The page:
Much of the work received by litigators, arbitrators and expert witnesses relies on receiving referrals from other lawyers and professionals. Studies show that often referred customers are more loyal than clients that come in without a reference, and studies a decade ago, state that these customers have a higher lifetime value – meaning they spend more dollars over the long-term.[i]
The frustration with understanding this comes from the question, “How can I make this happen? How can I increase the number of my referral sources and how can I get more referrals coming from the contacts that I already have in my corner?”
Some of this can be accomplished by ensuring that you simply show up. Attending conferences, belonging to the right associations, and of course, being active on the right platforms, all will help, but what are the other steps you should take?
Know Your Niche
When someone says “I’d like a quick take-out coffee,” you usually think of Starbucks, Dunkin’ Donuts, or some other fast-food type of caffeine hive. That’s because those companies have developed a niche for creating the most reliable cup of coffee.
While lawyers are the furthest thing from hot beverages, the same marketing principle of developing a niche pertains to you. Before you take steps to market yourself, think about what it is you want to be known for. Do you want to be the first person clients call for handling complex litigation in the chemical industry? Are you reinforcing your profile as a leading arbiter at The Hague?
Regardless of what tactics you decide to take in your marketing journey, starting with a strategy and knowing your niche is essential. This is the first step in creating your plan. When I wrote the book “Best Practices in Law Firm Business Development and Marketing”, one of the GCs with whom I spoke pointed out that it was essential to be honest about what you do best and what you don’t do. He pointed out that a firm “can’t be Wachtell [CP1] in all its practices.”
Create Your Marketing Plan
Various studies demonstrate that people who write down their plans are more likely to achieve them. In addition, defined written goals are often more likely to be completed. This certainly applies when it comes to marketing plans. If you are fortunate, you will have the resources behind you of a marketing department or a coach who can help you with this; but even without that support, and maybe even more so, it’s crucial to have a clear-cut plan.
The key elements in a plan are your niche, and your objectives, tactics and a timeline to know where you are going. Imagine taking a trip to visit someplace new, but not having any directions to get there. You need to have a plan.
Track Your Referrals
While developing new relationships and fostering additional business sources will always be essential, it’s even more important to look back and see who has sent you business in the past.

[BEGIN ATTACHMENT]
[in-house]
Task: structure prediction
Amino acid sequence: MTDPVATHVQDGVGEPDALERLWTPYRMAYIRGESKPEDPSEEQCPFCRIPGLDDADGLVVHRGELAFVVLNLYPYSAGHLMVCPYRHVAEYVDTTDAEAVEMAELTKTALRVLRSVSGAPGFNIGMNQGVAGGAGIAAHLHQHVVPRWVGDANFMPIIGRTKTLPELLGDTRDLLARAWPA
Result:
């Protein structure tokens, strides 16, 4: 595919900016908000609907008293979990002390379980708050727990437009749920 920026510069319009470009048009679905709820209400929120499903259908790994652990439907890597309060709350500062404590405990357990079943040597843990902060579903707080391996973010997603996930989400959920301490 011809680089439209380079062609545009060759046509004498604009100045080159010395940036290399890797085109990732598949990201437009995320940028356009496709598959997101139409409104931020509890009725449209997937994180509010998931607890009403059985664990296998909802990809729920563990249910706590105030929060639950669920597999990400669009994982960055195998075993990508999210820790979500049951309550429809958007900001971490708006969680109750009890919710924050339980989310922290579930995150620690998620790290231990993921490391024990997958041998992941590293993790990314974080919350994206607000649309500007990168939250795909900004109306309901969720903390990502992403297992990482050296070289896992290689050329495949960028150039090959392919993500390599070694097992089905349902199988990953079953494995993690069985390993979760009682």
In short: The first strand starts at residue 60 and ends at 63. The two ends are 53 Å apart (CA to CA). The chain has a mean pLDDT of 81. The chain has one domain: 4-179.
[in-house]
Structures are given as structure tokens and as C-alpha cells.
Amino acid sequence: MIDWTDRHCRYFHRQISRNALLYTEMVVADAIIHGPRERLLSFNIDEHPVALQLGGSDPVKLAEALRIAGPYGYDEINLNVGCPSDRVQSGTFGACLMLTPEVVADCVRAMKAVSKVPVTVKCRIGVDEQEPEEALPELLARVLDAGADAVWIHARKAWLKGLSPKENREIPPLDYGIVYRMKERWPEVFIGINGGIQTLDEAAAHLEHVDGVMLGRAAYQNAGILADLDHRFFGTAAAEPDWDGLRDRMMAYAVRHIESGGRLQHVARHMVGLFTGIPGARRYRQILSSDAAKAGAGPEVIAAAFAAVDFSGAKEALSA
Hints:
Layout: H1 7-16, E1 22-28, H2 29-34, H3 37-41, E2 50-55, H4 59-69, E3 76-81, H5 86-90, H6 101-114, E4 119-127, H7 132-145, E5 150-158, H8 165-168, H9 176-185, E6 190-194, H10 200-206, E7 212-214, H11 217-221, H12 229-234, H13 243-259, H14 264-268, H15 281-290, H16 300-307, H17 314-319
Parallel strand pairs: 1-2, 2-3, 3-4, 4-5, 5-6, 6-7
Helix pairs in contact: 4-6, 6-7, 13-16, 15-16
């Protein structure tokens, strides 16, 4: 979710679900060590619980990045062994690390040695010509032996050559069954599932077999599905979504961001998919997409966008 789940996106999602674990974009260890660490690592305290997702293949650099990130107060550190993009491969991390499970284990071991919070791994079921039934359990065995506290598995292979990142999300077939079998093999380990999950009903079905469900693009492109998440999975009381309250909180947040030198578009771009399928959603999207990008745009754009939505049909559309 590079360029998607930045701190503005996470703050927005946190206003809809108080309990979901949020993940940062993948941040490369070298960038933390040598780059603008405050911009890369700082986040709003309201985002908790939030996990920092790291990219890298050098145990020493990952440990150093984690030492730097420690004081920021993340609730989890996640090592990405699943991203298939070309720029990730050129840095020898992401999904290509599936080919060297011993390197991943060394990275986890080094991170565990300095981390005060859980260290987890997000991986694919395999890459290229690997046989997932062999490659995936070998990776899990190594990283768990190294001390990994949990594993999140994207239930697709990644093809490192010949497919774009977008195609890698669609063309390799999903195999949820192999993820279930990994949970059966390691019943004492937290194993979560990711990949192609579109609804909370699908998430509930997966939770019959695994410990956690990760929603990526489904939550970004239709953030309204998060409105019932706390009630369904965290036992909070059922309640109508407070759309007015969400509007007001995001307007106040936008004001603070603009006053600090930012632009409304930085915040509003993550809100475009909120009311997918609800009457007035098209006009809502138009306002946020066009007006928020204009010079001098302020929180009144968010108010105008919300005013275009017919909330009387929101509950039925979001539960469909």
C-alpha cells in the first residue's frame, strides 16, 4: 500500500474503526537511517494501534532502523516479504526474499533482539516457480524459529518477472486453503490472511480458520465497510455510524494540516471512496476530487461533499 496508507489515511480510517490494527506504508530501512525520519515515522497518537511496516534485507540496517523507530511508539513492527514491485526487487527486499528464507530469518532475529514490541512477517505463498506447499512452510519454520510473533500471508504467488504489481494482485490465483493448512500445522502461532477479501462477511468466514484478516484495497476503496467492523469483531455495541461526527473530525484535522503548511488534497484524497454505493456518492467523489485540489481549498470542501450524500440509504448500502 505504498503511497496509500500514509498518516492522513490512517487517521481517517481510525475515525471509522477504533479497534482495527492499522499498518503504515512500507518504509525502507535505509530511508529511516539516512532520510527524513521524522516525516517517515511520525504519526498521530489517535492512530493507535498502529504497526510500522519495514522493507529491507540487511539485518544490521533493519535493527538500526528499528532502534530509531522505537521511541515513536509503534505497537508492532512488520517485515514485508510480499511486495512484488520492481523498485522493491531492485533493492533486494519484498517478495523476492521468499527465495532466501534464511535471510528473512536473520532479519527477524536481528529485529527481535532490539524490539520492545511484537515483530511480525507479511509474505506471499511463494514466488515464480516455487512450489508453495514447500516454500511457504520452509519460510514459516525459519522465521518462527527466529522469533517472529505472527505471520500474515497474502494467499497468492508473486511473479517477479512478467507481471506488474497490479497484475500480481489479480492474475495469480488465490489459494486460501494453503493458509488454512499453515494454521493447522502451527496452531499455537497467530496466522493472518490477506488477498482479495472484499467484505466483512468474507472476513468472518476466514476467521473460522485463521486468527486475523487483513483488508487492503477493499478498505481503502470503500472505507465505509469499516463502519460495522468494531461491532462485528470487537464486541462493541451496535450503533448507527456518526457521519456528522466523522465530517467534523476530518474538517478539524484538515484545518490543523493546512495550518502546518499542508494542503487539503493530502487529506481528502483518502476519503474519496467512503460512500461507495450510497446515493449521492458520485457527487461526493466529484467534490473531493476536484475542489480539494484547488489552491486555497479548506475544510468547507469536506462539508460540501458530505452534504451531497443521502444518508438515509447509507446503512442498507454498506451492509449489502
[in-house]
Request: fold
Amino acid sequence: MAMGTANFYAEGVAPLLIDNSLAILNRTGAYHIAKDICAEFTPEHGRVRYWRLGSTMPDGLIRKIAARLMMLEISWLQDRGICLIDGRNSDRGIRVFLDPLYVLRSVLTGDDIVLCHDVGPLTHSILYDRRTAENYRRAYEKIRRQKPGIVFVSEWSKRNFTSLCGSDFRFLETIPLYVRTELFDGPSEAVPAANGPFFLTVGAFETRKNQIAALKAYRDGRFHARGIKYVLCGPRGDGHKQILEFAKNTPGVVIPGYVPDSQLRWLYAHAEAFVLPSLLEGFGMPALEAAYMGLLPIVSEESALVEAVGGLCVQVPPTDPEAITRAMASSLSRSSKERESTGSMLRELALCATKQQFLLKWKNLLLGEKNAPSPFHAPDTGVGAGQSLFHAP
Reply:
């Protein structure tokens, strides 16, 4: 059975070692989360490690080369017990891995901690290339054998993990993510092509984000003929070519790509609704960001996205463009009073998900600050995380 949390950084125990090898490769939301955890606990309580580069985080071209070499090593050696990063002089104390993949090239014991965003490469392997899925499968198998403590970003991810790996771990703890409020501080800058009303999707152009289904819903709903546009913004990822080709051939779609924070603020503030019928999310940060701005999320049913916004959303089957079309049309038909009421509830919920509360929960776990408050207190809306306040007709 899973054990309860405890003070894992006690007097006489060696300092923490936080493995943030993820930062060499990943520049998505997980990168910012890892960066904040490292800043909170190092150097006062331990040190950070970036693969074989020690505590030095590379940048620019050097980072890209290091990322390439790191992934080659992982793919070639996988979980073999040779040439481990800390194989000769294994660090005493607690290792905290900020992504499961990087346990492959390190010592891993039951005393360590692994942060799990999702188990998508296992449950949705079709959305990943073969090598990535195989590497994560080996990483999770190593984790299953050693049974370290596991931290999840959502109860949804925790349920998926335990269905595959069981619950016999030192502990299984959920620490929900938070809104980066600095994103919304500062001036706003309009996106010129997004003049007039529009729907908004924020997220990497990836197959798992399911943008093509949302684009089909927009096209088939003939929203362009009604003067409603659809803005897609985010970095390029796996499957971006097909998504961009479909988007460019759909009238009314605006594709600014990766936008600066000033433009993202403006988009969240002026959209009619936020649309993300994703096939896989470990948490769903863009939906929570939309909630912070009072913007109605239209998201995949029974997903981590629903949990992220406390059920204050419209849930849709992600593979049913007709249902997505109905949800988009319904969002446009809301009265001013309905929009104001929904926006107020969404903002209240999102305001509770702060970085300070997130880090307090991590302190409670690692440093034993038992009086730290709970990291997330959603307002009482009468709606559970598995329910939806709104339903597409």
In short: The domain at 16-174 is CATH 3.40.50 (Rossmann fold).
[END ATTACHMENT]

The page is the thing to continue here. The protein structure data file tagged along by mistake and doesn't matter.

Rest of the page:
Reviewing this information will do two things. First, you’ll see patterns of what types of marketing activities have worked effectively to advance your business development. For example, has it helped that you’ve been giving five speaking engagements a month, and has that factored into any of your success? Does your annual visit to firms in a particular country move the needle on your revenue? This look back will help you determine which paths to take for the future. While there is generally not going to be a direct cause and effect, you should be able to tell if these efforts have contributed to your success.
Second, a review of past referrals will illuminate those people with whom you should continue to cultivate a relationship. Even if there is no current matter on your plate or theirs, finding ways to remain in touch is essential. This might be in the form of producing joint seminars, or simply sending a note to say hello or to share some information that could be useful to them. Be sure to track those referrals and treat them like gold. Stay in touch, even when they don’t have work to send your way.
If You Have One, Work With Your Marketing Department
They are intelligent professionals, and you need to spend time with them to get the support you want. As a former CMO, I know that those partners who spent time discussing developments in their practice with me and my department were more likely to receive additional support. If my group and I knew more about their business, we could recommend and develop plans to help promote them.
Referrals are an important part of developing a practice and should be treated like an asset class of their own.
ABOUT THE AUTHOR
Deborah Farone has been called the leading expert in law firm marketing and recognized as one of the CMOs who helped found the business development and communications profession at law firms. She is Strategic Advisor at Farone Advisors in New York City, working with leaders of the world’s most successful professional services in marketing and business development. In addition, she takes on 10 clients each year for one-on-one bespoke business development and personal branding coaching. She is a frequent speaker and is the author of “Best Practices in Law Firm Business Development and Marketing” (PLI 2019).
[i] The basis of this has been known for the past ten years, through joint work at the University of Pennsylvania in the United States and Goethe University, in Frankfurt, Germany. See, https://faculty.wharton.upenn.edu/wp-content/uploads/2013/05/Schmitt_Skiera_VandenBulte_2013_Referrral_Programs_2.pdf